Defendant won't testify in butt injection murder trial

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A Dallas County jury is trying to reach a verdict in the botched butt injections case.

Denise ‘Wee-Wee’ Ross is on trial for murder. Prosecutors had argued she knew what she was doing and it was intentional while her defense has tried to cast doubt that she performed the procedure that killed one of her clients.

Ross was under oath on Monday when she told Judge Tammy Kemp it was her decision not to testify on her own behalf. The jury was instructed it could not use that decision in weighing guilt or innocence.

The jury began deliberating just after 3 p.m. Monday afternoon. Their task followed fiery closing statements by both prosecutors and the defense. The jury has close to a week’s worth of evidence to consider.

Ross is on trial for the death of 34-year-old Wykesha Reid in 2015. Last week prosecutors said Ross and co-defendant Jimmy “Alicia” Clarke left Reid to die at a Deep Ellum warehouse after injecting industrial-grade silicone into her backside to enhance it.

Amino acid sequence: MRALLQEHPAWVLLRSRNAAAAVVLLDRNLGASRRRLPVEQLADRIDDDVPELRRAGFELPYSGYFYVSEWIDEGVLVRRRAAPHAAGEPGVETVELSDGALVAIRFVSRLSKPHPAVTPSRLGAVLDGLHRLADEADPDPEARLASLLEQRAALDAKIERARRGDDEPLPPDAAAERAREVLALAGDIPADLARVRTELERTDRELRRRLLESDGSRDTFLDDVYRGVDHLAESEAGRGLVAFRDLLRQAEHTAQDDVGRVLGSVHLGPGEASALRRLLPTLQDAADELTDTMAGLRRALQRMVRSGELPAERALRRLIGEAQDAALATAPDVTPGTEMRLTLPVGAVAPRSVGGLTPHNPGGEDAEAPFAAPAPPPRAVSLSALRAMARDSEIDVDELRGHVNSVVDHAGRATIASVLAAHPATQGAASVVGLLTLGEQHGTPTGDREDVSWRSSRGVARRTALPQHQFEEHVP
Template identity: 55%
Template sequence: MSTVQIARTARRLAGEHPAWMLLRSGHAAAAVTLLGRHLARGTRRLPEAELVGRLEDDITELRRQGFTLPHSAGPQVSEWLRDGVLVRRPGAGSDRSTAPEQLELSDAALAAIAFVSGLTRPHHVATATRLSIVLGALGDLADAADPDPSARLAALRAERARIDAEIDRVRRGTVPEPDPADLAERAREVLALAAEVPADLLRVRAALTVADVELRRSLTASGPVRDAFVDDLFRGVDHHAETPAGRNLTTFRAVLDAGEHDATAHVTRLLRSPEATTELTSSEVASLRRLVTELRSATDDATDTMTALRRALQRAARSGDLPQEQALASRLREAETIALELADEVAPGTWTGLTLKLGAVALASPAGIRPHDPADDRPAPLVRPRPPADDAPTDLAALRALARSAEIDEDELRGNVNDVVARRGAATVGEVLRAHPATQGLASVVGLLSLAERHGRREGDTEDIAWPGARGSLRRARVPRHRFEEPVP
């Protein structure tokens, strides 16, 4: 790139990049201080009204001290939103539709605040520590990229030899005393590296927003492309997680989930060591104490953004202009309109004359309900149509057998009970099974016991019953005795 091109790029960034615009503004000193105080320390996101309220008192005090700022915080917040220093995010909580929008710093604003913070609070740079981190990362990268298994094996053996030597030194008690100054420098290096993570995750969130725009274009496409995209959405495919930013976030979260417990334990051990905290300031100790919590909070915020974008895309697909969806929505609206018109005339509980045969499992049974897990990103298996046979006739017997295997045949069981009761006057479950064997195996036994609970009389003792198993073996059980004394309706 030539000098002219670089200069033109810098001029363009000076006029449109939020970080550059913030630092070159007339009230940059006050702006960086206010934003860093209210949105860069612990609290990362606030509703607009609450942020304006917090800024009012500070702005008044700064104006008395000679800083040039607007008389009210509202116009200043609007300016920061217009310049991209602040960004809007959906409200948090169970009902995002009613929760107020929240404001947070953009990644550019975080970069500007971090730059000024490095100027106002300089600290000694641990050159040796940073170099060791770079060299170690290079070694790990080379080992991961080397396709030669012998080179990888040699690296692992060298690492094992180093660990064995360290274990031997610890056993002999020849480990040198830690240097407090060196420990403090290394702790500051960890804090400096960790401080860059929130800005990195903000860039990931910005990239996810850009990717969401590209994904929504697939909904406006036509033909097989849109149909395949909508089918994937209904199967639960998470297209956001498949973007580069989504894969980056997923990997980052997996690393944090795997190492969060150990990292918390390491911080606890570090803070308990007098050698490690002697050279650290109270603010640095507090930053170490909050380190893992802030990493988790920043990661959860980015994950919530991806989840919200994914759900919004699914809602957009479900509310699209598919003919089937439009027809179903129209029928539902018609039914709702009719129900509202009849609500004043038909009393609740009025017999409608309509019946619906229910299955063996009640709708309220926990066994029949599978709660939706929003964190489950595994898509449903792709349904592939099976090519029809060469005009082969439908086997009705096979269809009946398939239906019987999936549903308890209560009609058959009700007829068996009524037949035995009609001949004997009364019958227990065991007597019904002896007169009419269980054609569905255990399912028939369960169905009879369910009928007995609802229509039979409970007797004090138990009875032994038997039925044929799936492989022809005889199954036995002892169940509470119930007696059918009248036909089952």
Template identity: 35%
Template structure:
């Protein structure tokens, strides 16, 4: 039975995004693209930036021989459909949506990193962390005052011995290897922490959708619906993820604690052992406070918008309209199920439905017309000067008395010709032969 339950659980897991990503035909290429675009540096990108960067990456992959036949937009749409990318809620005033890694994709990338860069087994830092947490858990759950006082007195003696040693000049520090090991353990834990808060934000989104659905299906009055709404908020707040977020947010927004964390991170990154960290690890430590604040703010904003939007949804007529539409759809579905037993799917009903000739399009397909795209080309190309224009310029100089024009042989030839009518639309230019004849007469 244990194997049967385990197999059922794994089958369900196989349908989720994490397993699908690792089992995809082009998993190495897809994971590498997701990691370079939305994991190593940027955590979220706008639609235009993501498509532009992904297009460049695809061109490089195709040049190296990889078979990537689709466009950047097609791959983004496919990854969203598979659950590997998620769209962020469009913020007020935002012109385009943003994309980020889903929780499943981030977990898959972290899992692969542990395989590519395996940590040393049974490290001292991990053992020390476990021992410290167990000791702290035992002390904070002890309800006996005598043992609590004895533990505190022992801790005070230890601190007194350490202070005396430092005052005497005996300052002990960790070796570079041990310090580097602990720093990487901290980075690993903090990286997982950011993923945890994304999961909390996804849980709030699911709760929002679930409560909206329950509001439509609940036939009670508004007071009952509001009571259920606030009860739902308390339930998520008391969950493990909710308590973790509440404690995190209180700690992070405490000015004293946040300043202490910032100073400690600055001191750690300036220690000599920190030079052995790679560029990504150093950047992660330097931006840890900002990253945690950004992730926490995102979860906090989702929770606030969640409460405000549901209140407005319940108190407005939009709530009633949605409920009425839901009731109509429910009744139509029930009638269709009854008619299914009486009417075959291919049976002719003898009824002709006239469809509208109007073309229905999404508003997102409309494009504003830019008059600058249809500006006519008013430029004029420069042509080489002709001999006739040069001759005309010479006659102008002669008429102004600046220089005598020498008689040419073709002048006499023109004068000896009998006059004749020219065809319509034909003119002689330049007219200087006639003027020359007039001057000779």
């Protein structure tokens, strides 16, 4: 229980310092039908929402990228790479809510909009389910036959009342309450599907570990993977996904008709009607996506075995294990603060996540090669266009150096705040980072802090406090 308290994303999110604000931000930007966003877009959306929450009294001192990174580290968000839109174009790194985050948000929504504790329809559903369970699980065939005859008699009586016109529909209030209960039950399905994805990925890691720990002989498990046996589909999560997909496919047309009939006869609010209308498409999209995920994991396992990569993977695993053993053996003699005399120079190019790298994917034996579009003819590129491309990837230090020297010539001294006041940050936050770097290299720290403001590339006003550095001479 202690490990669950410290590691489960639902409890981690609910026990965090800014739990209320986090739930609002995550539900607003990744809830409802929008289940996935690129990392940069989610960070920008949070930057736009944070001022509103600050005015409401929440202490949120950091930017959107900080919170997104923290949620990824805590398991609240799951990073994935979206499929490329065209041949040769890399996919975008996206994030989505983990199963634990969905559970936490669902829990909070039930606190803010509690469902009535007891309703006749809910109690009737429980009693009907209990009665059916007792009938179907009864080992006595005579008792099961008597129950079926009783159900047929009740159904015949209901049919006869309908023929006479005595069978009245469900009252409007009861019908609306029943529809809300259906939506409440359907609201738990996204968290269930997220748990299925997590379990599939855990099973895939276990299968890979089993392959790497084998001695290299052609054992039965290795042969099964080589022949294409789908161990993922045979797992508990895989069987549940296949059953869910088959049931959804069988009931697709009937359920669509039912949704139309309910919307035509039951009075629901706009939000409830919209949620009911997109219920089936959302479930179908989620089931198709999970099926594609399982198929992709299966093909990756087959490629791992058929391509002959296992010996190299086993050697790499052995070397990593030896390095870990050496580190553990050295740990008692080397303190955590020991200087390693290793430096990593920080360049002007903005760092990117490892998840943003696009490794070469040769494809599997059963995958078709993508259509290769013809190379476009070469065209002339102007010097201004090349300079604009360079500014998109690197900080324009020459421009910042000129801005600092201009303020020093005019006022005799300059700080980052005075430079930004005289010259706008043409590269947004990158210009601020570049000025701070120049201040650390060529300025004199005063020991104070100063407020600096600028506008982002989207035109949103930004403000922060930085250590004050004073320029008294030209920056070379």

The state says Ross ran a criminal enterprise with clients, including those who drove hundreds of miles to receive illegal cosmetic injections to enhance their backsides.

"Even the people from the FDA that did the samples weren't able to match this silicone to the silicone that came from the sample with the M.E.'s with Ms. Reid,” explained defense attorney Heath Harris. “But they want to use this to tap into your emotions and make you think she had to be supplying all the silicone."

"She knew she wasn't a physician. She knew she wasn't a nurse,” said prosecutor Krystal Biggins. “She knew she shouldn't be doing these back-alley butt injections. She knew that the stuff that she was injecting into these victims was not meant to be going into their bodies."

The jury will resume deliberation first thing Tuesday morning.

If convicted, Ross could face up to 99 years in prison.

Clarke’s trial is set for a later date.